Politician Roberto Calderoli Compares His Black Female Colleague To An Orangutan

Senator Roberto Calderoli compares Italian Minister Cécile Kyenge to an Orangutan, an insult rooted in colonial ways of thinking

This week in Italian racism, senator and anti-immigration campaigner Roberto Calderoli has said that Italy's first black minister, Cécile Kyenge, resembles an orangutan. Speaking at a rally, Calderoli painted Ms. Kyenge's success as bad news for Italy, claiming her prominence will only encourage "illegal immigrants." Unfortunately he didn't stop there. According to the BBC he went on to say: "I love animals — bears and wolves, as everyone knows — but when I see the pictures of Kyenge I cannot but think of, even if I'm not saying she is one, the features of an orangutan."

The upset does nothing for Italy's fast growing notoriety for virulent racism — remember this picture of Mario Balotelli, or the racist chants that prompted Kevin Prince Boateng's walkout? And it is only the latest in a string of attacks on Kyenge which were, much like this one, a toxic cocktail of racism and sexism. When Kyenge was appointed to head Italy's Integration Ministry in April 2013, Dolores Valandro a member of the anti-immigrant Northern League, wrote that Kyenge should be raped, while another party member warned that Kyenge would impose "tribal traditions" on the nation.

It must be hard for haters to see such a shining example of exactly the kind of people they want to legislate against — non-white migrants. At 19 years-old Kyenge moved to Italy from DRC to study medicine: she paid her own way through medical school, worked at home as a caregiver, built a career as an ophthalmologist, established a family, and cemented a reputation in center-left politics as a tireless advocate for migrant rights that led to her inclusion in Italy's cabinet. Her success plus her position make it difficult to ignore the reality of multicultural Italy.

Before we lay this to rest with some sage words from Kyenge herself, it's worth exposing the colonial roots of the comparison that Calderoli reached for. The science that justified the maltreatment of Africans on which colonialism and the slave trade were established claimed that black Africans were just a step up from primates in the "Great Chain of Being." The various versions of this hierarchy, in which Caucasian Europeans are always right at the top, has left a long bibliography. In 1677 Dr. William Petty, one of the founders of the The Royal Society, claimed that Africans were the "missing link" between Caucasian men and other organisms — notably the ape. Like Petty, European scientists of the seventeenth, eighteenth and nineteenth centuries conveniently decided that "savages" had been brought into the world to serve and follow the will of superior beings. When Calderoli works himself into a froth over Italy's first black minister, it's with the assumption that this particular "savage" has forgotten her place in the hierarchy. In Europe, racist thinking dies hard.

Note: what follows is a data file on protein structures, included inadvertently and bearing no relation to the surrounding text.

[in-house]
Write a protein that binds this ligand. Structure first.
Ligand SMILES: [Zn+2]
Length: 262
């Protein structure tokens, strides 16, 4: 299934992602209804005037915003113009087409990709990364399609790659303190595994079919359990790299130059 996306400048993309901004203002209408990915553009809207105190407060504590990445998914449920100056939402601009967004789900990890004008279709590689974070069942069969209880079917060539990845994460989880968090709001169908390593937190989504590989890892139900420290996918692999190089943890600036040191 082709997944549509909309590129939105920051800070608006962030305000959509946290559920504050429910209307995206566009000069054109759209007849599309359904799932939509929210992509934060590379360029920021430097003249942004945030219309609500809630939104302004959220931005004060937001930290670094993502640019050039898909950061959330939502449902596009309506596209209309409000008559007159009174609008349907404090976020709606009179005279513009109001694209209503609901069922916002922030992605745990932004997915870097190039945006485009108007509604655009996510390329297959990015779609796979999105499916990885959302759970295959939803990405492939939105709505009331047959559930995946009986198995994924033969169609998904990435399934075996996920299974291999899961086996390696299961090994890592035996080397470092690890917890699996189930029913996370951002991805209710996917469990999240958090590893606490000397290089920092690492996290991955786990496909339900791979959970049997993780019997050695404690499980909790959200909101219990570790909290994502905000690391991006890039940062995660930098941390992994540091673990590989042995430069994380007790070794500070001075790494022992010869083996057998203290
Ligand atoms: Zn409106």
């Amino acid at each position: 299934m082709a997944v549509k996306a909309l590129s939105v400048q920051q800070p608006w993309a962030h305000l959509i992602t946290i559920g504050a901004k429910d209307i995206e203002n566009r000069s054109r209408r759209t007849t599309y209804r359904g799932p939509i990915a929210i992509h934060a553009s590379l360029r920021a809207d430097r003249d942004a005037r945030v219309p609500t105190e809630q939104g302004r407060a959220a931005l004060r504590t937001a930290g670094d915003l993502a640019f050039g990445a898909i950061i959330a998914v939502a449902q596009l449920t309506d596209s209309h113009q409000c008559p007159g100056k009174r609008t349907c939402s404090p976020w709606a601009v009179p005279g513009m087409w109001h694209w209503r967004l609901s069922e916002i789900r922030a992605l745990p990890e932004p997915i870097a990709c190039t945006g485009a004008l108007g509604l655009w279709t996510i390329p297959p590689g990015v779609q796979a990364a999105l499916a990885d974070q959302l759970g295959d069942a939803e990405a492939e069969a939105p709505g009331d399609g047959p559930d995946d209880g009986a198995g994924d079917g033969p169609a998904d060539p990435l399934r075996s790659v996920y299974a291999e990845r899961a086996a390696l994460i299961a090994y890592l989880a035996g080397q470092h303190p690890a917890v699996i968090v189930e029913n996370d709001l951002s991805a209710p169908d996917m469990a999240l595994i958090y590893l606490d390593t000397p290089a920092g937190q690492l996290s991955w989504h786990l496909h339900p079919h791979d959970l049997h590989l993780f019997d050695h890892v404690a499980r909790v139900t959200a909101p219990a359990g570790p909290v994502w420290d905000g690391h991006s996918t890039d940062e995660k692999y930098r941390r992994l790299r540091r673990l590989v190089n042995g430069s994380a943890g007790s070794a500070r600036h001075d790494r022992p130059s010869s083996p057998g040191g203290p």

The best response to all this comes from Cécile Kyenge herself speaking on contemporary identity: "no one should be ashamed of who they are. I have never been ashamed of my economic situation or my position, my skin colour or my curly hair. I am Italian, and I am Congolese."

Postscript: Unlike a number of a news publications (BBC, Huffington Post, The Independent), we're leading with a picture of Roberto Calderoli because it's his racism and wrongdoing which is the topic of discussion here, not Ms. Cécile Kyenge's face.


Interview: Wavy The Creator Is Ready to See You Now

The multidisciplinary Nigerian-American artist on tapping into all her creative outlets, creating interesting things, releasing a new single and life during quarantine.

A trip canceled, plans interrupted, projects stalled. It is six months now since Wavy the Creator has had to make a stop at an undisclosed location to go into quarantine and get away from the eye of the pandemic.

The professional recording artist, photographer, writer, fashion artist, designer, and evolving creative has been spending all of this time in a house occupied by other creatives. This situation is ideal. At least for an artist like Wavy who is always in a rapid motion of creating and bringing interesting things to life. The energy around the house is robust enough to tap from and infuse into any of her numerous creative outlets. Sometimes, they also inspire trips into new creative territories. Most recently, for Wavy, are self-taught lessons on a bass guitar.

Wavy's days in this house are not without a pattern, of course. But some of the rituals and personal rules she drew up for herself, like many of us did for internal direction, at the beginning of the pandemic have been rewritten, adjusted, and sometimes ditched altogether. Some days start early and end late. Some find her at her sewing machine fixing up thrift clothes to fit her taste, a skill she picked up to earn extra cash while in college, others find her hard at work in the studio, writing or recording music.

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